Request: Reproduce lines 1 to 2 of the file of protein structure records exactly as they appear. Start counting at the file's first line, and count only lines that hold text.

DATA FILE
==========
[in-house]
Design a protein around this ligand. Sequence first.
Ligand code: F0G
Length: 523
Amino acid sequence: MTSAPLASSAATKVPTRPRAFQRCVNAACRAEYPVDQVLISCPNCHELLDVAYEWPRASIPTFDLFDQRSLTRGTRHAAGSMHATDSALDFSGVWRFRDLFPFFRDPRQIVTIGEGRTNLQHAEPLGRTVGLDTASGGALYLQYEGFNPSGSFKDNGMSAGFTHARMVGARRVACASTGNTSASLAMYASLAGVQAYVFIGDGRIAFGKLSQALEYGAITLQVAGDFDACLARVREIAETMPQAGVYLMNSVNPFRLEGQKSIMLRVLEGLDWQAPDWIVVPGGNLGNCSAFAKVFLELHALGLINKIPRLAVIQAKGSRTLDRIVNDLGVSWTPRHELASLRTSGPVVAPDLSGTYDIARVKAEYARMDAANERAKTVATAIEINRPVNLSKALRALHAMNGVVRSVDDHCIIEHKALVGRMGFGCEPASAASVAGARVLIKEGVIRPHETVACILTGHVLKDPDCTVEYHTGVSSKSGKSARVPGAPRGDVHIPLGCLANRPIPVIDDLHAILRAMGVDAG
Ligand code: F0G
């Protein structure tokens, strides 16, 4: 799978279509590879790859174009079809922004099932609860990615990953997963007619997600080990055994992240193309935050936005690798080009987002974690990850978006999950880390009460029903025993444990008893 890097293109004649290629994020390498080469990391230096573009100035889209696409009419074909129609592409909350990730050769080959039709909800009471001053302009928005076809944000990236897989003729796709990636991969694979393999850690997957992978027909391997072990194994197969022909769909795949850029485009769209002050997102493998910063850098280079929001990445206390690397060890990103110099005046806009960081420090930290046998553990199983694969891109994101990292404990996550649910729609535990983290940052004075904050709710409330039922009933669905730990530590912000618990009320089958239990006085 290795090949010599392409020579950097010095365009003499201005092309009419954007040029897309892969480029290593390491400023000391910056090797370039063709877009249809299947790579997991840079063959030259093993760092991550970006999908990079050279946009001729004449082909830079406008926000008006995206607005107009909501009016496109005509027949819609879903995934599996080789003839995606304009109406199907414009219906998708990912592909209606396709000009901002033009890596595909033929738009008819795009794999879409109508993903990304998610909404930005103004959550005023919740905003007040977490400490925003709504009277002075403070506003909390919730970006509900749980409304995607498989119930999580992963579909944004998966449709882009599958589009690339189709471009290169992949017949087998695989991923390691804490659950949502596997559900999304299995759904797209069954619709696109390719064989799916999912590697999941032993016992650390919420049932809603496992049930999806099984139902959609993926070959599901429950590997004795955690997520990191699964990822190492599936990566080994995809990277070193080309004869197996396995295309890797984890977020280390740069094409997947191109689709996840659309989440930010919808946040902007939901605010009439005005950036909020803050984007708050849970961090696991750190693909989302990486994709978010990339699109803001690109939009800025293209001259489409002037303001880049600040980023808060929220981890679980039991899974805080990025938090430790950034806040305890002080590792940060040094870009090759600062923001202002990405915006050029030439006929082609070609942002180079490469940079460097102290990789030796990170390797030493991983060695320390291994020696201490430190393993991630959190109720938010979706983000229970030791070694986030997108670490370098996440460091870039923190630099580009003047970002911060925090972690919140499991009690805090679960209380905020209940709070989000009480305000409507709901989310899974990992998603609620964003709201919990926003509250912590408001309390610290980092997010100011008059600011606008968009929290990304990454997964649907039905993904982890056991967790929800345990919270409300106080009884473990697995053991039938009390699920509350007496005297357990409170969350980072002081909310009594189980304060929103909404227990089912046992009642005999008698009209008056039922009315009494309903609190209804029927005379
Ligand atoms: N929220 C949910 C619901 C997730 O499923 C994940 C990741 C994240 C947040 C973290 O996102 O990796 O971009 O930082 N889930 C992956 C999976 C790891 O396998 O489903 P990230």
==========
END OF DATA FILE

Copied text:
[in-house]
Design a protein around this ligand. Sequence first.